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Permissiveness: America’s Moral Rot

by Dr. William L. Pierce READING, writing, and arithmetic in the schoolroom may seem far removed from the fire and blood of the modern battlefield, but one can nevertheless understand much of the reason for the decline in Americans’ chances on the latter by looking at the causes of their declining performance in the former; the two grow from the same roots, as do also other of our current problems, including our faltering economy. (ILLUSTRATION: Creating and maintaining a civilization requires discipline as well as intelligence. The decline of American education is resulting in grave consequences for our nation.) No other nation has a more expensive or elaborate system of public education than the United States. Nowhere else is there . . .

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What Are They Doing to Our World?

Environmental quality, resources threatened by failing economy by Dr. William L. Pierce DURING 1981 the real spendable earnings of the average American wage earner fell another 3.3 percent, the Bureau of Labor Statistics in Washington announced on January 22. Of all the economic statistics monitored by the government — consumer price index, average hourly wages, etc. — the real spendable earnings figure is the one which is tied most directly to the average standard of living. It is the amount of real money (i.e., money adjusted for inflation) a wage earner has left to spend after taxes. (ILLUSTRATION: A satellite image of the “Great Pacific Garbage Patch” that has expanded to twice the size of the continental United States. . . .

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Criteria for a White Future

An Editorial by Dr. William Pierce WHEN A SENSITIVE, intelligent, racially conscious White American observes the hellish business of racial and cultural destruction going on all around him, he ordinarily reacts in one of two ways: he becomes involved in one brand or another of conservative or right-wing foolishness; or he tries to shed his sensitivity and retreat into a detached — one might even say solipsist — “observer” status, in which the world around him becomes unreal, like a drama being played out on a giant, panoramic TV screen. (ILLUSTRATION: The Teutonic Order, an example of an organization that encompassed all four criteria to form a functioning “organizational nexus”: hierarchical, radical, all-encompassing, and racial-elitist. They are . . .

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The Task of the National Alliance

An Editorial by Dr. William Pierce IN THREE EARLIER ISSUES (National Vanguard, nos. 64, 65, 66) we examined some of the social factors relevant to a racially oriented revolution in America and stated several general criteria for any organizational basis of such a revolution. In this issue we will look more specifically at the factors which govern the priorities of the National Alliance and determine the nature of its task. We will attempt to understand, on the basis of present conditions in America, what can be done now and what cannot be done, so that we can see better how to concentrate our energies on those organizational objectives we can realistically hope to achieve. (ILLUSTRATION: “A lion might be . . .

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Solzhenitsyn and the Liberals

by Dr. William L. Pierce Alexander Solzhenitsyn: Henry Kissingercontemptuously described the red-headedRussian literary giant as “to the rightof the czars.” WHEN ALEXANDER SOLZHENITSYN, the Russian dissident writer who was exiled by the Soviet government in February, recently shouted at a group of Western newsmen, “You are worse than the KGB (Soviet secret police, equivalent to our FBI),” they were understandably hurt. After all, had not the newsmen of the democratic West made a great folk-hero of Solzhenitsyn, praising him to the skies at every opportunity? Had they not publicized his books for years, leading to their widespread sales outside the Soviet Union — and to a Nobel Prize for Literature for him in 1970?  Khrushchev Goofed Too Alas, the . . .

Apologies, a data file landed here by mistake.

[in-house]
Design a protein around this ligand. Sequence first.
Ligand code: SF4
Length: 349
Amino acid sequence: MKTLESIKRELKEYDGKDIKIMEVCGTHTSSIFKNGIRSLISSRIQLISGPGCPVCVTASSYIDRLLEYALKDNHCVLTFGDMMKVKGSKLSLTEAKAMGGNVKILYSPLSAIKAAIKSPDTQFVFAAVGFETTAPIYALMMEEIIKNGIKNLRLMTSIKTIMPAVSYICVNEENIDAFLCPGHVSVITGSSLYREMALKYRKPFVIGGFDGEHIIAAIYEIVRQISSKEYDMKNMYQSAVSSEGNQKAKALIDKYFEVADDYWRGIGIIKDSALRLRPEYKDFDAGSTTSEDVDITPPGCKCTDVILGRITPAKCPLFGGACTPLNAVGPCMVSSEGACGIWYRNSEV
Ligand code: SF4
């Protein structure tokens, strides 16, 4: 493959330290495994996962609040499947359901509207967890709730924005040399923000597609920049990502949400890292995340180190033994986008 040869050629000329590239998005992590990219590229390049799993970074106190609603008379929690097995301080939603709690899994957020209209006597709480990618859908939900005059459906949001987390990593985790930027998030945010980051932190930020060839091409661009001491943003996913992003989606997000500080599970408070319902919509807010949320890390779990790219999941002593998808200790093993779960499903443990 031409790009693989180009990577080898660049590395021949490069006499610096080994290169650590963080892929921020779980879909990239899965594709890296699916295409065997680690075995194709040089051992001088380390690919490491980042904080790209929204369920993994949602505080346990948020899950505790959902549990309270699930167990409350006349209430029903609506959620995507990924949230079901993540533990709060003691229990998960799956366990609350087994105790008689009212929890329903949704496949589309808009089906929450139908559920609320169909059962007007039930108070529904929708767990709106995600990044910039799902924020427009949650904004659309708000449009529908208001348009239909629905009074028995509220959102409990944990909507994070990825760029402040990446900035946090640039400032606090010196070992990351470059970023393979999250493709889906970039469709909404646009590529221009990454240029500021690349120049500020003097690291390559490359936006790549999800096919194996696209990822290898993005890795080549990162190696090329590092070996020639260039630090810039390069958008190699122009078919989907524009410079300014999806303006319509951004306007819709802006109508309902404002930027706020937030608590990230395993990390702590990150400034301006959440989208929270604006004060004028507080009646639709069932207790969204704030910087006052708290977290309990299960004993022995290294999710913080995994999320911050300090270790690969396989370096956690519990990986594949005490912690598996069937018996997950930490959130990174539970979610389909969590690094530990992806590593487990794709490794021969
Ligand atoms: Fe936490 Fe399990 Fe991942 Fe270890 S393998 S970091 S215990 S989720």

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America and the Third World

by Dr. William L. Pierce A 1955 UNICEF Christmas card depicting the flags of thecountries in the United Nations organization. ON WHAT considerations should a proper American foreign policy be based? That seems a sensible enough question, yet it is one which has been shunned by at least two generations of Federal “experts” and their media mouthpieces.  The basic reason is a reluctance to bring into the open certain fundamental discrepancies between America’s national interests and the guiding philosophy behind the foreign policy pursued by neo-liberal planners in Washington. The shambles which this policy has made of the world in the last 60 years, however, should be adequate proof of the unsuitability of its ideological basis and of the need . . .

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The Roots of Decadence

by Dr. William L. Pierce DURING THE recent Apollo 17 lunar expedition, publicists and politicians repeatedly emphasized that it was the “last” manned expedition to the moon. There would be no more lunar exploration, because the expeditions were too expensive and the money was needed instead to “improve the quality of life” for Americans. It was pointed out that huge expenditures for the space program could no longer be justified when millions of Americans were living in “poverty.” One columnist estimated that the money spent by NASA just for the equipment left on the moon by the various Apollo expeditions ($500 million) could have bought a large-screen color TV set for each of one million “underprivileged” (Black) families.

 Troubling . . .

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